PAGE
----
Second, the video referenced by the designer plays into racist tropes about “getting” the “art” of Braid. When that video is passed around in games culture, particularly in forums culture, it is not “look at this person not understanding Braid,” but rather, “look at this young black man who doesn’t understand this art.” At the least, this is racially coded; at the worst, it is straight-up racist. I have personally witness both ways of passing the video around on Twitter, Facebook, and forums, and a design team who isn’t at least able to parse and think about the raced connotations of the life of the video clip has some issues.

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When it comes to these situations, I generally (with exceptions, I will admit) go with the Jay Smooth approach: I am not damning the souls of the Indie Custom Cube developers by saying that they’re sexist or racist. I am saying that the way the Indie Custom Cube is designed has sexist and racist elements that can be eliminated and redesigned. If the cube comes back online, I think that those elements should be designed away. The general ire of the twitter community today wasn’t just angsty people throwing slime at a wall–it was the reaction of a group of people looking at a designed product and finding something internally wrong with it that offended them. That isn’t baseless criticism made for fun; the people angry about the Indie Custom Cube aren’t just deciding to be offended because it is something to do. It isn’t arbitrary. It is honest community feedback, and the community found the ideological representations of the ICC problematic in a number of ways. The designers should take that seriously; when a community reacts poorly to an object and has specific criticism, it is best to listen to that criticism, especially if it is in regards to questions of representation.

That’s a rambling paragraph, but what I mean is this: there are real problems with the Indie Custom Cube and the designers would do well to take community criticism seriously instead of deriding it as ignorant “immaturity.”

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7 Responses to On the Defense of the Indie Custom Cube

  1. P says:

    Thank you for this. I appreciate your well-reasoned response. Oh and I also appreciate that you probably won’t delete my comment.

  2. Reggie Rock says:

    So what you’re saying is that no one can put a person of color and a negative attribute together without it being racist?

  3. I think it’s worth pointing out that the Anna Anthropy card can only place guilt counters on “non-black non-Female” cards – it seems pretty clear that the idea of race and the card colour are being linked here.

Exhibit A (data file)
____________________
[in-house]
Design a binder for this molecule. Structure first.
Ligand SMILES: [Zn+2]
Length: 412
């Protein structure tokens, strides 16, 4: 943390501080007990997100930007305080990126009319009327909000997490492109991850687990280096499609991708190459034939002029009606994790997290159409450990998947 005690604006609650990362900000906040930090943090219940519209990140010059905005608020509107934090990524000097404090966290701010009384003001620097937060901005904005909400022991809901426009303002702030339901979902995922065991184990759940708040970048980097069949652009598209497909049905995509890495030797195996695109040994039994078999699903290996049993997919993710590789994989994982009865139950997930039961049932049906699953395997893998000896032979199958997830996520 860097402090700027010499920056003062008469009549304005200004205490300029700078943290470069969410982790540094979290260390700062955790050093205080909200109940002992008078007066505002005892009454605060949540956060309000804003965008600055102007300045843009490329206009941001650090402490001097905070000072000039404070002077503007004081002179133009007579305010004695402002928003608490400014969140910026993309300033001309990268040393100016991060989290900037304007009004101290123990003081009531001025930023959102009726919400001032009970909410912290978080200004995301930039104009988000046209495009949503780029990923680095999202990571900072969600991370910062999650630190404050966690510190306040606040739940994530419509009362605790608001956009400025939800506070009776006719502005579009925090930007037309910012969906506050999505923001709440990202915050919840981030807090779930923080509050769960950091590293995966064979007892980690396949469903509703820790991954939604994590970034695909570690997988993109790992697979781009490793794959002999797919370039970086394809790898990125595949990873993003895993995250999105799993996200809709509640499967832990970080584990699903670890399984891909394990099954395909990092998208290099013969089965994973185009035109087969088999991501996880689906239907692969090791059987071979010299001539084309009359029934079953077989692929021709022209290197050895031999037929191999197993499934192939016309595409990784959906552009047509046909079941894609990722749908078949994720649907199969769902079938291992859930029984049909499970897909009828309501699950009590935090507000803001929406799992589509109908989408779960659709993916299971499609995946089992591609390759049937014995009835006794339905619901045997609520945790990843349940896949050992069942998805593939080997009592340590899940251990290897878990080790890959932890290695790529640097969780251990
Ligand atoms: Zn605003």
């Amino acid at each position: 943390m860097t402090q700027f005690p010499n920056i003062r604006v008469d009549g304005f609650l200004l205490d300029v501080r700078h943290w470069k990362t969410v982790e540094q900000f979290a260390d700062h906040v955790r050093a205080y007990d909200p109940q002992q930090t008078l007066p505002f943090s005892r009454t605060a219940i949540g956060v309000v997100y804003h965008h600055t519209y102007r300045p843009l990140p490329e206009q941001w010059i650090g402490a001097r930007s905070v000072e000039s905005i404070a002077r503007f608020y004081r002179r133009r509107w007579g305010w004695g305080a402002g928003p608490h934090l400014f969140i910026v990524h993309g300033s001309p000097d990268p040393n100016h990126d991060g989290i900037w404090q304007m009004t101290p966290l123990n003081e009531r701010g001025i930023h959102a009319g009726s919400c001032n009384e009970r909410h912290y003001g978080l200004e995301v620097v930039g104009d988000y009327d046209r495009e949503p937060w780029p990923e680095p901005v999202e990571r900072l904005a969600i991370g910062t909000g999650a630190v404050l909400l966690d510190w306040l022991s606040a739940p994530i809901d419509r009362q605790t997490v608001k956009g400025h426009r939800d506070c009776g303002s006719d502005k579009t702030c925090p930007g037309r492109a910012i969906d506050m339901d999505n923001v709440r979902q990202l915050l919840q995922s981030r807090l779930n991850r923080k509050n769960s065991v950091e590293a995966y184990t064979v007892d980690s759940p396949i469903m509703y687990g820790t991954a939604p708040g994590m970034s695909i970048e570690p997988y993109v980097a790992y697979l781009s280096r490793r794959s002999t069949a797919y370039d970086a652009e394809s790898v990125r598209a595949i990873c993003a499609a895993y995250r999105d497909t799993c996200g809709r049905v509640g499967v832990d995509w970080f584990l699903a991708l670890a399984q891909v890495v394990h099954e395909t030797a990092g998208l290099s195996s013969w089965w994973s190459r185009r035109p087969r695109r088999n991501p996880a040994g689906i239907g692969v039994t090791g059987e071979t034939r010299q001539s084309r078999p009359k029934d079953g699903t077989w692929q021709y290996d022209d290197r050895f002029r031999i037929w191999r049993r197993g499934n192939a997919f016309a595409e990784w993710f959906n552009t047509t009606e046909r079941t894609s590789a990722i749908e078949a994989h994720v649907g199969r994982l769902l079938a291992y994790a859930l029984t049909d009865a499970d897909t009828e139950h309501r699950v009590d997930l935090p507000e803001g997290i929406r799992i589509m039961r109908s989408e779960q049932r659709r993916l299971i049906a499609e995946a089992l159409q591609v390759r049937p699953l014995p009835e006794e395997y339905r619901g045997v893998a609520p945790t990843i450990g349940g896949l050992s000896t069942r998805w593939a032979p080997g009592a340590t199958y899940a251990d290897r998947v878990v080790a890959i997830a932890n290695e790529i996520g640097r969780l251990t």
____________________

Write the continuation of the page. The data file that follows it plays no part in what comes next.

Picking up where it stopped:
4. These developers should have thought a bit more about the connotations of some of these decisions, I agree. On the other hand, I tend to be ambivalent about the (implicit?) assumption that as media-makers and media consumers we are totally without agency at choosing what we want things to mean, which connotations we choose to give weight to, etc. We shouldn’t ignore how horrible 4chan is, but we also do not need to let the worst people on the Internet define what all our words mean.

  5. RE: Women gamer vs. female gamer, I’m certainly not the 4chan type but woman and women are nouns not adjectives. You wouldn’t say “man gamer” or “men gamers” because you’ve just slapped together two nouns and it sounds awkward as all hell. If you wish to qualify the gender of whatever it is you are speaking about you use “male” and “female.”

    “She is a female,” makes it sound like you’re doing the voice over for a nature documentary and though I’ve heard it used by young men unsure of how to refer to their female peers (an understandable conundrum for a young man in our society) it is still ungainly.

    So yeah, I dislike the implicit politics of the ICC but “female gamer” is a preferable term to “woman gamer” and the appalling “girl gamer.” You wouldn’t speak that way about men, don’t speak that way about women.

  6. Michael says:

    I cannot agree with either of the criticisms Laura’s defense.

    On the first subject:
    There’s this lovely thing called the Status Quo that implies certain properties about a group of…well, anything. Wizards of the Coast themselves have only recently started printing the creature type Human because it was no longer the status quo among the cards they printed, and it makes no sense to add the type “Male” to any cards here (Not to mention there are plenty of template issues that could arise from doing so. There’s a reason conciseness is a huge issue for Magic developers).
    Also, I should address the fact that just because some Female cards work in harmony with other Female cards by no means precludes them from being useful elsewhere.

    And the other:
    There are contexts to everything. I don’t believe a designer should take into account what anything he designs will look like taken out of that context. Feeding the ignorant will only propagate ignorance.